Column: Cynicism in college life

As the semester is winding down, and as my college experience is approaching an end, I’ve done a lot of thinking and reflecting of the past five years. Five years in which I truly believe I got the most out of Northeastern. Five years in Boston. Five years of classes, co-op, repeat. Five years of dedication to The Huntington News. And after five years, I’ve come to one conclusion: Some things will never change.

Hear me out. Since my freshman year, I am actively involved on campus and have noticed repeating trends. To name just a few:

I’ve reported and written on a number of issues facing Northeastern over and over again. I can no longer keep count of the times The News has demanded transparency from the administration.

Well, you know what? We’ll never get it. The student body will never think what the administration is doing is enough, and on the other hand, the administration will never admit they’re not doing enough. It’s this constant battle we’re fighting that will never see a winner. With that said, it’s a battle that must be fought. Sometimes it might feel like we’re beating a dead horse, but the student body, and The News especially, should never stop putting the pressure on the administration. It’s the only way to keep them in check.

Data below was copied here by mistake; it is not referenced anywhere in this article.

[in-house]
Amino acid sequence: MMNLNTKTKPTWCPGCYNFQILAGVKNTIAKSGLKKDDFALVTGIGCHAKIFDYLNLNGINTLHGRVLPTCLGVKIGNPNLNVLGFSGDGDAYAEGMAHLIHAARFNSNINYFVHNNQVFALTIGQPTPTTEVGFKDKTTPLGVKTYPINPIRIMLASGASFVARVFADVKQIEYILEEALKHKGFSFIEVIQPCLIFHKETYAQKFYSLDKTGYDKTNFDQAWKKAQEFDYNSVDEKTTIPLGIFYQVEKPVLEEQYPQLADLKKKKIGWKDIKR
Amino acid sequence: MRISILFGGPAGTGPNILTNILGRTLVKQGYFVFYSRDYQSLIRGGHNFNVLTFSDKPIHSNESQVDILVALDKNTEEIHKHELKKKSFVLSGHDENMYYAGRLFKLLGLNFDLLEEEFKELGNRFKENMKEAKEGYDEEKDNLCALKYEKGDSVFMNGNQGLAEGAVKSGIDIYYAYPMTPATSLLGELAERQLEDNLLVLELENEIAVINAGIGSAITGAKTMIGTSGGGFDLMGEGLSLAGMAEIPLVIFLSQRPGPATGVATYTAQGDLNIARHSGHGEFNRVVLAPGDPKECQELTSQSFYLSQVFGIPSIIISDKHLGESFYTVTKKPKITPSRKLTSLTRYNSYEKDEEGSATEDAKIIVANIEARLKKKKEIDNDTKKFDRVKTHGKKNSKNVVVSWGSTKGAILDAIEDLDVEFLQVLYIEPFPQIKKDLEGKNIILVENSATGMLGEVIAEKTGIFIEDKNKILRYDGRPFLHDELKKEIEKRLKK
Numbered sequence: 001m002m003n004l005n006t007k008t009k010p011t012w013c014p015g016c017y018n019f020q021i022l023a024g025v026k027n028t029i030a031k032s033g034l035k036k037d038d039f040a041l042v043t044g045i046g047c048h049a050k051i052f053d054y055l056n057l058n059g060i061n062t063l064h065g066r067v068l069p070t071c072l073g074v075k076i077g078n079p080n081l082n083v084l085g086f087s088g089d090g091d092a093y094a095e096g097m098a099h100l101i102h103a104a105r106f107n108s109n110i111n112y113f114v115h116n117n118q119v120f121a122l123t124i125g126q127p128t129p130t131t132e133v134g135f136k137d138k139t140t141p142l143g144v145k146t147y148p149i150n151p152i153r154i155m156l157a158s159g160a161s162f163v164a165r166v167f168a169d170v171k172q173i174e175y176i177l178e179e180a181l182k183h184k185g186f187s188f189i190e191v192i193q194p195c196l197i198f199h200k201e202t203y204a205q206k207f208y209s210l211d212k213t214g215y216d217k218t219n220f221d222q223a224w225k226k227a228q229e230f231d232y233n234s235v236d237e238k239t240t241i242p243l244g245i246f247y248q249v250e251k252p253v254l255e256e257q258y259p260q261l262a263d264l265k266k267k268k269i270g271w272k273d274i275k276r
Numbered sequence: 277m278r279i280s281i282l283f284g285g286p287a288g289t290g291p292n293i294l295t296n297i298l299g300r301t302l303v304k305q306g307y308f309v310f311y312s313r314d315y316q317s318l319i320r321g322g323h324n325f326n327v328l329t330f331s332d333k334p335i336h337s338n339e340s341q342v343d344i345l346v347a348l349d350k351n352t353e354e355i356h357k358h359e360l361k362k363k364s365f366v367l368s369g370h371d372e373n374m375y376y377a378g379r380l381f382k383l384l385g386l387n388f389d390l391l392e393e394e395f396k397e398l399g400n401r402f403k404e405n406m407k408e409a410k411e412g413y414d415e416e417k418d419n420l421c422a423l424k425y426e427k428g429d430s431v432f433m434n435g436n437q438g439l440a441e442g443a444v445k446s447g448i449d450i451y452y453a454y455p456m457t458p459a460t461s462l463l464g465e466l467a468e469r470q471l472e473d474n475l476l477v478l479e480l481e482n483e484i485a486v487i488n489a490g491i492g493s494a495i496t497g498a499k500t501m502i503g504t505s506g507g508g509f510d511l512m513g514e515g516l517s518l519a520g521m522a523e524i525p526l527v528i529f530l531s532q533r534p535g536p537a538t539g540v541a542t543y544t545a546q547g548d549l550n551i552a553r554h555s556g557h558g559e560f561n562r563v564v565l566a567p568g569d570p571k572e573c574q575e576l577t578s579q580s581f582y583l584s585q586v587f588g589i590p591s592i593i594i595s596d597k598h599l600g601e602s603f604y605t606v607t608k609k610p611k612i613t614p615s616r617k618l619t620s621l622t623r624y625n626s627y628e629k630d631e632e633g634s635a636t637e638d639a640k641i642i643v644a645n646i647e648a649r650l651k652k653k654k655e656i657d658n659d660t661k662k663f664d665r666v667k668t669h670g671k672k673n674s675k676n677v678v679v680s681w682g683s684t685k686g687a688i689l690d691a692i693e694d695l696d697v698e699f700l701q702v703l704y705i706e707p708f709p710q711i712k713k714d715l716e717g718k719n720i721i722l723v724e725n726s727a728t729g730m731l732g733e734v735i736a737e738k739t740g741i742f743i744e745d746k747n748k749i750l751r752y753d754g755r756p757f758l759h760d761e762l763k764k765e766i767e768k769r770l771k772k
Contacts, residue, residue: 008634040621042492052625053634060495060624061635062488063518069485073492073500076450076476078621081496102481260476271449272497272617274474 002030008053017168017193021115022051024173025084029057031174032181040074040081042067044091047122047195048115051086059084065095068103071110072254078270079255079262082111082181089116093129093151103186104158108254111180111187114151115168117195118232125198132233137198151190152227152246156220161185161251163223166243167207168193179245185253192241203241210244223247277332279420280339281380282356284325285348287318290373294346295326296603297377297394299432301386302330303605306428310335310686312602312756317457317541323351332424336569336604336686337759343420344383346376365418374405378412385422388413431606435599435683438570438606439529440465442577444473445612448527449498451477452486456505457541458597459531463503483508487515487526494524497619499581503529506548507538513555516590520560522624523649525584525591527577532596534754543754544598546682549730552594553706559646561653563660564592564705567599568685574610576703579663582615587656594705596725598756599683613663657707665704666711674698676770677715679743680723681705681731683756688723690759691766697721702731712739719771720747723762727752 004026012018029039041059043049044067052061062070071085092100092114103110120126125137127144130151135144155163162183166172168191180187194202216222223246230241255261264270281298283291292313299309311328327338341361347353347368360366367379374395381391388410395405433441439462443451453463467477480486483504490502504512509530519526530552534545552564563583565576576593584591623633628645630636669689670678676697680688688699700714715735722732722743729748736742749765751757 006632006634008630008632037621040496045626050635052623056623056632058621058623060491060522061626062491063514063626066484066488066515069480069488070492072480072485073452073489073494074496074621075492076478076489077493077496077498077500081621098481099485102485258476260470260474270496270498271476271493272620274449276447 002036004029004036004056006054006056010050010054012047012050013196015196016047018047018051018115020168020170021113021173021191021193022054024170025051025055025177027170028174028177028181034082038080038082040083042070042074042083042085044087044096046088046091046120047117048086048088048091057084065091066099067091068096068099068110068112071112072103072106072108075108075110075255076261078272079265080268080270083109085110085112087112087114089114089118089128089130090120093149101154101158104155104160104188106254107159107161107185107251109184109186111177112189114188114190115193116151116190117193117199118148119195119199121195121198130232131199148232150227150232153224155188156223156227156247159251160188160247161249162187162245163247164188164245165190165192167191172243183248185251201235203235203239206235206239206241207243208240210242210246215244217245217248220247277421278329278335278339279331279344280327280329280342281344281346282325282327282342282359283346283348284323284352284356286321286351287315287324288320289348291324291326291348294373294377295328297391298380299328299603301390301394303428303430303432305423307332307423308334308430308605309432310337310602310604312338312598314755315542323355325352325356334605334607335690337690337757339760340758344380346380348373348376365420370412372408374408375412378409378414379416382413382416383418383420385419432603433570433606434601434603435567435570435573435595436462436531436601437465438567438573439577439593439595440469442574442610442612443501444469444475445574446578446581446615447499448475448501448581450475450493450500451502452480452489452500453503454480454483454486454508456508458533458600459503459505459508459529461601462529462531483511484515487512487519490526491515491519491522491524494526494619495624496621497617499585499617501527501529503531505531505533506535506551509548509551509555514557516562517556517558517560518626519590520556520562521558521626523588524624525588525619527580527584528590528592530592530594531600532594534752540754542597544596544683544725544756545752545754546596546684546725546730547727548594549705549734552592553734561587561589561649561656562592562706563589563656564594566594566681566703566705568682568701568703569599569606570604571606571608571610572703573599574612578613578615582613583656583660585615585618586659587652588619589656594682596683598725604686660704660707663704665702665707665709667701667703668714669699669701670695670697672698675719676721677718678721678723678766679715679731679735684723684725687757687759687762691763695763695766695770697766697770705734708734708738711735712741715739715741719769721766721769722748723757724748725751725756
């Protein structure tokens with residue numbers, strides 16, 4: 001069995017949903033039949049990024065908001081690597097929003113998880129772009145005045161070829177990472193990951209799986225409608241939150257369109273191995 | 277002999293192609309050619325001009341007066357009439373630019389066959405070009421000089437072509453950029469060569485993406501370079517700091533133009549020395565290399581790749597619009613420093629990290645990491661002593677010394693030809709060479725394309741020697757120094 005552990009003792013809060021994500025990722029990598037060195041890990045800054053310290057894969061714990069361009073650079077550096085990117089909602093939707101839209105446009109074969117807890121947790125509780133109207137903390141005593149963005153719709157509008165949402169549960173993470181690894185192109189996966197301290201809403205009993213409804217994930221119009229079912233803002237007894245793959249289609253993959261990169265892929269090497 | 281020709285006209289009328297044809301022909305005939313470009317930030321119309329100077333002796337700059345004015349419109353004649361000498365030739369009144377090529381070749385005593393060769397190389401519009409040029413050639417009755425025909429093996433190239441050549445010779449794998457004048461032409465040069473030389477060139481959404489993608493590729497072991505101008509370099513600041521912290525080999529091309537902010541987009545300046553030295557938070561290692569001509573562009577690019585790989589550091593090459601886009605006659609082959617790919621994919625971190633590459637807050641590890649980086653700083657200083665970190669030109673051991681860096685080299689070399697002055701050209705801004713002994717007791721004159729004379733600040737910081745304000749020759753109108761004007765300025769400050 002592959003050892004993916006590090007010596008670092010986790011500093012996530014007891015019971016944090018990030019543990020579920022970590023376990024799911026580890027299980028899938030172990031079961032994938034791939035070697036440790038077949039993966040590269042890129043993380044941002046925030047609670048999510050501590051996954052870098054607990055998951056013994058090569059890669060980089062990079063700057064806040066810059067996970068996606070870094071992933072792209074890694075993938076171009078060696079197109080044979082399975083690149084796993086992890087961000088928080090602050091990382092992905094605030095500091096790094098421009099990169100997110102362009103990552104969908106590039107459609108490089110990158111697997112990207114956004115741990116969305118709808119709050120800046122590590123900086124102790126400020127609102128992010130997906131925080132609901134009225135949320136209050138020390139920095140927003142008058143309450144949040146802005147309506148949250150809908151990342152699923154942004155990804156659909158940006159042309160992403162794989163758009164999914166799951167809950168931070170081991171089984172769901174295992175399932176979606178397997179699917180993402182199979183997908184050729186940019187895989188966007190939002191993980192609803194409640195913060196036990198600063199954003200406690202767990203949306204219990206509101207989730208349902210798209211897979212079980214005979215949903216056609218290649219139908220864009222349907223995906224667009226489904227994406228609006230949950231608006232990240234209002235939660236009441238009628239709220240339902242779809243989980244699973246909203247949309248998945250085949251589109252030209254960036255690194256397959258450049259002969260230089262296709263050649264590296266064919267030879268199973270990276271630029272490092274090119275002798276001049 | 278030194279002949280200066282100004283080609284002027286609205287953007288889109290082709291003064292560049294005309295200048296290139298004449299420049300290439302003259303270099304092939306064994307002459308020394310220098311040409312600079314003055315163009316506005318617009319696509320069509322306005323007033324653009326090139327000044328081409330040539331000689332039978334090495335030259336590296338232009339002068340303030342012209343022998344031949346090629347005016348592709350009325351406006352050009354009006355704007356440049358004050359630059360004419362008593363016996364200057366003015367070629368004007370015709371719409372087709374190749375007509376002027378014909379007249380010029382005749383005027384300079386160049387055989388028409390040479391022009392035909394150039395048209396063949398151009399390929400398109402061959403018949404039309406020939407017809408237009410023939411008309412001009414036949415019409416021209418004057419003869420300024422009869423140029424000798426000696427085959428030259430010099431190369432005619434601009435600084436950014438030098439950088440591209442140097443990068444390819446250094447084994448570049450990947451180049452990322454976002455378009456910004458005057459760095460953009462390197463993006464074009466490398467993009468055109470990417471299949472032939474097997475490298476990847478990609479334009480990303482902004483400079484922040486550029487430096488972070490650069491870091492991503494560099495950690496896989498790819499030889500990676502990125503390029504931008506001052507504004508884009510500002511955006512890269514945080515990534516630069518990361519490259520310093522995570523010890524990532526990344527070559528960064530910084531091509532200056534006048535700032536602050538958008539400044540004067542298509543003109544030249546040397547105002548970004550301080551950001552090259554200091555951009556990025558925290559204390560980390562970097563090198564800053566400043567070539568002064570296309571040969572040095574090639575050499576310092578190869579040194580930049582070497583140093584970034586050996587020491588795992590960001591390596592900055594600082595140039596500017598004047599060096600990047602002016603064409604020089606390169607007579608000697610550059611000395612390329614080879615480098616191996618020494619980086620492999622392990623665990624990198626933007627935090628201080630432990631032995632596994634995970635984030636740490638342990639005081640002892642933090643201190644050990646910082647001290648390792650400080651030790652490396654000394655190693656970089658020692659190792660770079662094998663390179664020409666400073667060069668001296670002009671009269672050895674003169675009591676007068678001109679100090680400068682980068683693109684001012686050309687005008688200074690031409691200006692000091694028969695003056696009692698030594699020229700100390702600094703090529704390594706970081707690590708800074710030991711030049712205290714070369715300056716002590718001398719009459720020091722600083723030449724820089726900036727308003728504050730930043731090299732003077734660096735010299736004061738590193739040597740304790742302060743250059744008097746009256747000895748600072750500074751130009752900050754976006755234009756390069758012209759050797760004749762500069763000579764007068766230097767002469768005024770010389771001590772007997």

The same can apply to pretty much all aspects of Northeastern. If there’s one generalization I can make about the student body is that, for the most part, we are one big bunch of complainers. Everyone always has something to complain about, myself included.

Two weeks ago I wrote about the selection of artists for this year’s Springfest concert. I got a lot of heat on The News’ message boards. Someone called me selfish for not liking the picks, and someone else said I live under a rock, (neither of which are true, by the way). Trust me on this one, I’m not the only one complaining. So, bringing back my point that some things will never change, that includes the number of people who will be unsatisfied with the Springfest choices. It’s going to happen. Accept it.

The final thing, which I only recently accepted, that will never, ever change, is the number of people who post on The News’ message boards anonymously. For the few of you that have been reading my column consistently, you’ll know that my number one pet peeve is the anonymity of the posters. In my mind, if you have a strong opinion and take the time out of the day to actually post a comment online, you should take that extra step and sign your name. I used to think that if I talked about it enough, things would change. Clearly, I was wrong. For a reason I probably will never understand people will always post nasty comments under a false name. C’est la vie.

– Mary Ann Georgantopoulos can be reached at [email protected]

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